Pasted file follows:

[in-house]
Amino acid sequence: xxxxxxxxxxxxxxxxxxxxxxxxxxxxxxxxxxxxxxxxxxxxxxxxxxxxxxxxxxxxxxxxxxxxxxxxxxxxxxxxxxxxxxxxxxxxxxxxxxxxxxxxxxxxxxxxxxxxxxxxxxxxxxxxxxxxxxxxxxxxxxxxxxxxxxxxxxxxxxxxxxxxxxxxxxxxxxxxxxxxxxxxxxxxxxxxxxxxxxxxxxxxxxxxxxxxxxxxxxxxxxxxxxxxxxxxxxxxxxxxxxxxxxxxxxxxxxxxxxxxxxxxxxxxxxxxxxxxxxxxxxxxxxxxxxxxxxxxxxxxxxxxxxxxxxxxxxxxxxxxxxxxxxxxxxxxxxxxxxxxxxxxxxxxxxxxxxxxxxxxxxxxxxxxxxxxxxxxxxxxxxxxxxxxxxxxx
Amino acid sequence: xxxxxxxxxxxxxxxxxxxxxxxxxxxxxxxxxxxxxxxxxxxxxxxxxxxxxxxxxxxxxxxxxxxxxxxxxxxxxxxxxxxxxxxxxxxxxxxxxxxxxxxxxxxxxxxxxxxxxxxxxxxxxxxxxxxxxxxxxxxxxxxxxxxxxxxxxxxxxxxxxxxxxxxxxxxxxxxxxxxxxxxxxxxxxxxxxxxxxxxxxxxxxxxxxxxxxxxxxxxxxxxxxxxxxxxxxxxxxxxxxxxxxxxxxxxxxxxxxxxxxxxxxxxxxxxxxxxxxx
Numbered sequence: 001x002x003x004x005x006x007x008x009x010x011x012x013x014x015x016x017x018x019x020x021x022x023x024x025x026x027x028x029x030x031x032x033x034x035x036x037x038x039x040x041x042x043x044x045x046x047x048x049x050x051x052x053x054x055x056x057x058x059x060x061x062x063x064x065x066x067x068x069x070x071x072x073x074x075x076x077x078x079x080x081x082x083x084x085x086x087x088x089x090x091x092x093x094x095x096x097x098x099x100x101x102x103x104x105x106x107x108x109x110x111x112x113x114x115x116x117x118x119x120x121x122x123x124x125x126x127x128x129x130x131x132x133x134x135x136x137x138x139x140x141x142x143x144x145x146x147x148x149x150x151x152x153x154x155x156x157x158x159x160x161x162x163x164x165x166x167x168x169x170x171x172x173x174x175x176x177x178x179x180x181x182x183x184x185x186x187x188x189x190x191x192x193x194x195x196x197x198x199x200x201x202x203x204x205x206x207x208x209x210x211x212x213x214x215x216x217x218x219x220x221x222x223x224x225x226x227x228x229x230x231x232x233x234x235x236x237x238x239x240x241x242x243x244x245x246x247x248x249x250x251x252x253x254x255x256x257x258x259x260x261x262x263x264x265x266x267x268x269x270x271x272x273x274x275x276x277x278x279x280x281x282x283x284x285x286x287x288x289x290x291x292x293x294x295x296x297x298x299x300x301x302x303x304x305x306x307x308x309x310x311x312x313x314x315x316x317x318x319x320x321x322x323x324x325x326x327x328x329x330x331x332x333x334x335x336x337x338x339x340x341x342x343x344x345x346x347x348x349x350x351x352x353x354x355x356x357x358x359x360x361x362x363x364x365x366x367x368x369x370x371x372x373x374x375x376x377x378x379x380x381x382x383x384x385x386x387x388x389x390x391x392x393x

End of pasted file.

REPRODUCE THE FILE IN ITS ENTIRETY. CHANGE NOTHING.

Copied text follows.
[in-house]
Amino acid sequence: xxxxxxxxxxxxxxxxxxxxxxxxxxxxxxxxxxxxxxxxxxxxxxxxxxxxxxxxxxxxxxxxxxxxxxxxxxxxxxxxxxxxxxxxxxxxxxxxxxxxxxxxxxxxxxxxxxxxxxxxxxxxxxxxxxxxxxxxxxxxxxxxxxxxxxxxxxxxxxxxxxxxxxxxxxxxxxxxxxxxxxxxxxxxxxxxxxxxxxxxxxxxxxxxxxxxxxxxxxxxxxxxxxxxxxxxxxxxxxxxxxxxxxxxxxxxxxxxxxxxxxxxxxxxxxxxxxxxxxxxxxxxxxxxxxxxxxxxxxxxxxxxxxxxxxxxxxxxxxxxxxxxxxxxxxxxxxxxxxxxxxxxxxxxxxxxxxxxxxxxxxxxxxxxxxxxxxxxxxxxxxxxxxxxxxxxx
Amino acid sequence: xxxxxxxxxxxxxxxxxxxxxxxxxxxxxxxxxxxxxxxxxxxxxxxxxxxxxxxxxxxxxxxxxxxxxxxxxxxxxxxxxxxxxxxxxxxxxxxxxxxxxxxxxxxxxxxxxxxxxxxxxxxxxxxxxxxxxxxxxxxxxxxxxxxxxxxxxxxxxxxxxxxxxxxxxxxxxxxxxxxxxxxxxxxxxxxxxxxxxxxxxxxxxxxxxxxxxxxxxxxxxxxxxxxxxxxxxxxxxxxxxxxxxxxxxxxxxxxxxxxxxxxxxxxxxxxxxxxxxx
Numbered sequence: 001x002x003x004x005x006x007x008x009x010x011x012x013x014x015x016x017x018x019x020x021x022x023x024x025x026x027x028x029x030x031x032x033x034x035x036x037x038x039x040x041x042x043x044x045x046x047x048x049x050x051x052x053x054x055x056x057x058x059x060x061x062x063x064x065x066x067x068x069x070x071x072x073x074x075x076x077x078x079x080x081x082x083x084x085x086x087x088x089x090x091x092x093x094x095x096x097x098x099x100x101x102x103x104x105x106x107x108x109x110x111x112x113x114x115x116x117x118x119x120x121x122x123x124x125x126x127x128x129x130x131x132x133x134x135x136x137x138x139x140x141x142x143x144x145x146x147x148x149x150x151x152x153x154x155x156x157x158x159x160x161x162x163x164x165x166x167x168x169x170x171x172x173x174x175x176x177x178x179x180x181x182x183x184x185x186x187x188x189x190x191x192x193x194x195x196x197x198x199x200x201x202x203x204x205x206x207x208x209x210x211x212x213x214x215x216x217x218x219x220x221x222x223x224x225x226x227x228x229x230x231x232x233x234x235x236x237x238x239x240x241x242x243x244x245x246x247x248x249x250x251x252x253x254x255x256x257x258x259x260x261x262x263x264x265x266x267x268x269x270x271x272x273x274x275x276x277x278x279x280x281x282x283x284x285x286x287x288x289x290x291x292x293x294x295x296x297x298x299x300x301x302x303x304x305x306x307x308x309x310x311x312x313x314x315x316x317x318x319x320x321x322x323x324x325x326x327x328x329x330x331x332x333x334x335x336x337x338x339x340x341x342x343x344x345x346x347x348x349x350x351x352x353x354x355x356x357x358x359x360x361x362x363x364x365x366x367x368x369x370x371x372x373x374x375x376x377x378x379x380x381x382x383x384x385x386x387x388x389x390x391x392x393x